Marketing segmentation is one of the key strategic elements in marketing planning that helps identifying key consumer groups and their characteristics and enables the adaptation of marketing strategies to different target consumers. The aim of this paper is paper aims to segment classic theatre audiences based on their attendance frequency and identify major socio-demographic characteristics of each segment. A self-completion questionnaire was developed upon analysis of previous studies and was distributed to the population in an area of about 50 km around Osijek. The research was conducted on a convenient sample, using an in-person method in two different intervals: in the first interval, research was conducted on young respondents (18-34), and in the second interval, research was conducted on adult respondents (age 35+). Altogether 1315 participants took part in the research. Statistical techniques of univariate analysis (frequency distribution and central tendency measures), ANOVA, and two-step cluster analysis were used.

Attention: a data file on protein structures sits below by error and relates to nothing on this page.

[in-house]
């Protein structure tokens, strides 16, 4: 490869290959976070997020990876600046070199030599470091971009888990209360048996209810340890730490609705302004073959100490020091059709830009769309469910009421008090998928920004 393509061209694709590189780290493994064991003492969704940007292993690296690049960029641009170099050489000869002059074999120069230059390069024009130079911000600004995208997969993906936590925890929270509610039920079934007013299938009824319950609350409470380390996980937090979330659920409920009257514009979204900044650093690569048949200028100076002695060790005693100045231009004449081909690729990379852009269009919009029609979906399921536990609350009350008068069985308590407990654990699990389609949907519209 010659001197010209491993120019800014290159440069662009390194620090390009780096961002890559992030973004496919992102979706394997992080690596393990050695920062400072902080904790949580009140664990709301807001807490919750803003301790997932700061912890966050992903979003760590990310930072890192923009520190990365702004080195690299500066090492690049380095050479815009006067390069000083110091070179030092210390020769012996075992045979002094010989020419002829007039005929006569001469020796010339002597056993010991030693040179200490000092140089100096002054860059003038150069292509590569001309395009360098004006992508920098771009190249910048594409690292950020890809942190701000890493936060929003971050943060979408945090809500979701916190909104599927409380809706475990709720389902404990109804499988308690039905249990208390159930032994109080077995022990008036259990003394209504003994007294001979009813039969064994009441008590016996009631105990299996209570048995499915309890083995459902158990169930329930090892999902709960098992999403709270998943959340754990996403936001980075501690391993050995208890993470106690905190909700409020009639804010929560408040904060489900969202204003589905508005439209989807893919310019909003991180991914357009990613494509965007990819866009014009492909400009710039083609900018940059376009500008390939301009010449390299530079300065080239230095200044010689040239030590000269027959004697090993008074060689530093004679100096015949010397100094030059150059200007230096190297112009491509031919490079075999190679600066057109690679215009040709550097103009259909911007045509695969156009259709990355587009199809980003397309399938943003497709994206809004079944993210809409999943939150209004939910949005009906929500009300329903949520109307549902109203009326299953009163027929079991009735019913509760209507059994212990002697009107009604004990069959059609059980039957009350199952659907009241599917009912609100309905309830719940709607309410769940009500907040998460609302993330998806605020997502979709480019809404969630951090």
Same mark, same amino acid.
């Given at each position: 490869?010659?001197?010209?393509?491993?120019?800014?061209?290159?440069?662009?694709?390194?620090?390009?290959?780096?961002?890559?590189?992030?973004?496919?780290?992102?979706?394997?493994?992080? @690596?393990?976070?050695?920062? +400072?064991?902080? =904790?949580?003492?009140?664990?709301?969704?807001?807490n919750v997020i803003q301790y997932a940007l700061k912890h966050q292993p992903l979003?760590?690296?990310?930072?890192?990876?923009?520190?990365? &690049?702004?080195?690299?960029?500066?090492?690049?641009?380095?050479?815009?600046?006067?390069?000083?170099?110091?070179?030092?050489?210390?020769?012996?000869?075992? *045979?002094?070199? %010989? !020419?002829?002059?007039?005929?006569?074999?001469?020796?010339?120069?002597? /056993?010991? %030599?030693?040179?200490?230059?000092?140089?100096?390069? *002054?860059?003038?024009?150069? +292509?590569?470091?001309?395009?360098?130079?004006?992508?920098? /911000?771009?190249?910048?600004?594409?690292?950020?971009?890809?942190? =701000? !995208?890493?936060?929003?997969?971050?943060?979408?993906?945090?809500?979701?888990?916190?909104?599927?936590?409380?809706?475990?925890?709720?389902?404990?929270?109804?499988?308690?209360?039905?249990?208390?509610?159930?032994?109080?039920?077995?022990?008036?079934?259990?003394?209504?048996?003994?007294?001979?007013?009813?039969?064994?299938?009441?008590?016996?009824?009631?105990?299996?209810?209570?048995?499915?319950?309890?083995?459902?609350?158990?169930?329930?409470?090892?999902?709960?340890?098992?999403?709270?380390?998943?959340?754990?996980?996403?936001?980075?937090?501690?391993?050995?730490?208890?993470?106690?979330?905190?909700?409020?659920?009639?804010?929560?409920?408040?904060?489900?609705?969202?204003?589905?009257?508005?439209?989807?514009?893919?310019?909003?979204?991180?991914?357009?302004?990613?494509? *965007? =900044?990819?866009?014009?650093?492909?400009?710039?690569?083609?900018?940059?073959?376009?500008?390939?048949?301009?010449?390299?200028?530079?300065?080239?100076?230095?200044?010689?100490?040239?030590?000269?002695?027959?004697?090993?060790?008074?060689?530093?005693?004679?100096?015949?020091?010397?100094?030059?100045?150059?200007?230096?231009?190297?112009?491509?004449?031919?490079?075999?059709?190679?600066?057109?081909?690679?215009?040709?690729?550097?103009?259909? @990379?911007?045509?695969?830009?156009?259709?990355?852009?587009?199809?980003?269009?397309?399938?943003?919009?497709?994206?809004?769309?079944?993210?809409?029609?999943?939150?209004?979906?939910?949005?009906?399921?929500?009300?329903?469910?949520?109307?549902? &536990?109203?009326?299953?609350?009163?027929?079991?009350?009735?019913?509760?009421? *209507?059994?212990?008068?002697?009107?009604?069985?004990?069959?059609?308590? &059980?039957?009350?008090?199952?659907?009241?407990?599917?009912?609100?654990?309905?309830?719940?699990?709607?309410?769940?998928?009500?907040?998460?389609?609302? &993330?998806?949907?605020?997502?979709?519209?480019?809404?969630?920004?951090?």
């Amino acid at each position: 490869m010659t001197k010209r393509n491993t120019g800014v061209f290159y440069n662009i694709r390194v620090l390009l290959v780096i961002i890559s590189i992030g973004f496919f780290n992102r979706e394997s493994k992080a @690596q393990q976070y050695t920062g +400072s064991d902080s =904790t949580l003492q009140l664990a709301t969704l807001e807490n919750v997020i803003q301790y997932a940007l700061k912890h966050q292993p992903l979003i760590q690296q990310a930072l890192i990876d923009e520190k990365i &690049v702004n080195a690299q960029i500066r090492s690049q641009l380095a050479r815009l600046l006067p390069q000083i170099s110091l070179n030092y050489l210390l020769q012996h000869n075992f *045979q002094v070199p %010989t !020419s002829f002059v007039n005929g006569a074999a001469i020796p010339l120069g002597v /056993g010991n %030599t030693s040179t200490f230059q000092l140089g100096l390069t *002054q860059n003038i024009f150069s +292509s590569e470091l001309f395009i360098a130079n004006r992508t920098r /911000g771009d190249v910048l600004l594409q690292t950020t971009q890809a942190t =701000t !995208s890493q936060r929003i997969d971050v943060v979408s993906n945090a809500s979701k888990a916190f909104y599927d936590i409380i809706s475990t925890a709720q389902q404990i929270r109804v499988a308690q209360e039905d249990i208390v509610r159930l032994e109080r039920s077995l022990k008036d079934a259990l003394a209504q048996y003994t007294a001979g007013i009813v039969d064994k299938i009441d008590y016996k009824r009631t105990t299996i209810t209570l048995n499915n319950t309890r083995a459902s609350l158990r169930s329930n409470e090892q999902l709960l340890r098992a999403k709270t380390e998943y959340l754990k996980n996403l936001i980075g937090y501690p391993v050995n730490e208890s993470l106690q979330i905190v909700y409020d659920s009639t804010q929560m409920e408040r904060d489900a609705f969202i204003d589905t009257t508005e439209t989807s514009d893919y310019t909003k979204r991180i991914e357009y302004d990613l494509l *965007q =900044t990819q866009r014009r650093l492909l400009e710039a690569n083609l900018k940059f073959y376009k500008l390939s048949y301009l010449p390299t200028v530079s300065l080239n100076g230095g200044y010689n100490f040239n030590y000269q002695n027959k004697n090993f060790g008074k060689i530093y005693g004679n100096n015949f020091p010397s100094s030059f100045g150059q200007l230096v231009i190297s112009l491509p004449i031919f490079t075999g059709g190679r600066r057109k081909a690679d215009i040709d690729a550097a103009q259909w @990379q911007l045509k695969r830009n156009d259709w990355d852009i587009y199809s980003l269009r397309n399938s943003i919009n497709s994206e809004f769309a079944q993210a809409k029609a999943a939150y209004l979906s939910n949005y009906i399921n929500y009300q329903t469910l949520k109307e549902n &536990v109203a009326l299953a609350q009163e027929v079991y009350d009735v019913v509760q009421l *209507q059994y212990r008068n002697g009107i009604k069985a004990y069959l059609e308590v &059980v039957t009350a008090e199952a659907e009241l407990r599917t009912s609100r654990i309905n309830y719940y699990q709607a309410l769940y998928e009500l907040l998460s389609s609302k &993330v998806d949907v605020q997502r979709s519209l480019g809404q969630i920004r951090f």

The results of the study have identified six classic theatre segments: young theatre friends, young theatre acquaintances, young theatre strangers, adult theatre friends, adult theatre acquaintances, adult theatre strangers. Each segment is described in detail by their geographic (distance from the venue), demographic (age, income, marital status, education, employment) and psychographic characteristics (social activities, free time spending, and informing gathering about classic theatre offer) characteristics. The research results emphasized the differences in classic theatre audiences, which calls for continuous market segmentation in order to ensure timely recognition of consumer trends and changes in preferences. This would enable theatre management to adapt and implement adequate marketing initiatives and strategies.